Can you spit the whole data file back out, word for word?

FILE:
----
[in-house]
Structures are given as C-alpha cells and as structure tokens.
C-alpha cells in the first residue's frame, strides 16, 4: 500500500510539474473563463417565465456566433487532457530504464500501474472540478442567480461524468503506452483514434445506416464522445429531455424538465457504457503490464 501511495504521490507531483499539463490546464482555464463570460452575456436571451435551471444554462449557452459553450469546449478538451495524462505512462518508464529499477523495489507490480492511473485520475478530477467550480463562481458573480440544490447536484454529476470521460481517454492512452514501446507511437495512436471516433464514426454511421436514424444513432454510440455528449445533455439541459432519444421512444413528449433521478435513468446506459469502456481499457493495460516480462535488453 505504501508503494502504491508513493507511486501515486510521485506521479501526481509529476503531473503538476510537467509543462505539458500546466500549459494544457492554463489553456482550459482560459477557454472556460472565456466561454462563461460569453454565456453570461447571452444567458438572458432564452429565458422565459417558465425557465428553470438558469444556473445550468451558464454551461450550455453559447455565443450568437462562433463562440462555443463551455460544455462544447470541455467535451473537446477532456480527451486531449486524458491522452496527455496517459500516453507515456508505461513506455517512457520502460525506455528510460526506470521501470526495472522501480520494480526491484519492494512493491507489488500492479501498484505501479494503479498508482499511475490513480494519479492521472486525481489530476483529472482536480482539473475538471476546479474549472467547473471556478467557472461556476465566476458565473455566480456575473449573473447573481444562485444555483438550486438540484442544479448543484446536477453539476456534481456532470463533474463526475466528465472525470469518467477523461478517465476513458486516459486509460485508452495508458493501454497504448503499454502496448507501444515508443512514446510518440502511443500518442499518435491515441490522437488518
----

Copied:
[in-house]
Structures are given as C-alpha cells and as structure tokens.
C-alpha cells in the first residue's frame, strides 16, 4: 500500500510539474473563463417565465456566433487532457530504464500501474472540478442567480461524468503506452483514434445506416464522445429531455424538465457504457503490464 501511495504521490507531483499539463490546464482555464463570460452575456436571451435551471444554462449557452459553450469546449478538451495524462505512462518508464529499477523495489507490480492511473485520475478530477467550480463562481458573480440544490447536484454529476470521460481517454492512452514501446507511437495512436471516433464514426454511421436514424444513432454510440455528449445533455439541459432519444421512444413528449433521478435513468446506459469502456481499457493495460516480462535488453 505504501508503494502504491508513493507511486501515486510521485506521479501526481509529476503531473503538476510537467509543462505539458500546466500549459494544457492554463489553456482550459482560459477557454472556460472565456466561454462563461460569453454565456453570461447571452444567458438572458432564452429565458422565459417558465425557465428553470438558469444556473445550468451558464454551461450550455453559447455565443450568437462562433463562440462555443463551455460544455462544447470541455467535451473537446477532456480527451486531449486524458491522452496527455496517459500516453507515456508505461513506455517512457520502460525506455528510460526506470521501470526495472522501480520494480526491484519492494512493491507489488500492479501498484505501479494503479498508482499511475490513480494519479492521472486525481489530476483529472482536480482539473475538471476546479474549472467547473471556478467557472461556476465566476458565473455566480456575473449573473447573481444562485444555483438550486438540484442544479448543484446536477453539476456534481456532470463533474463526475466528465472525470469518467477523461478517465476513458486516459486509460485508452495508458493501454497504448503499454502496448507501444515508443512514446510518440502511443500518442499518435491515441490522437488518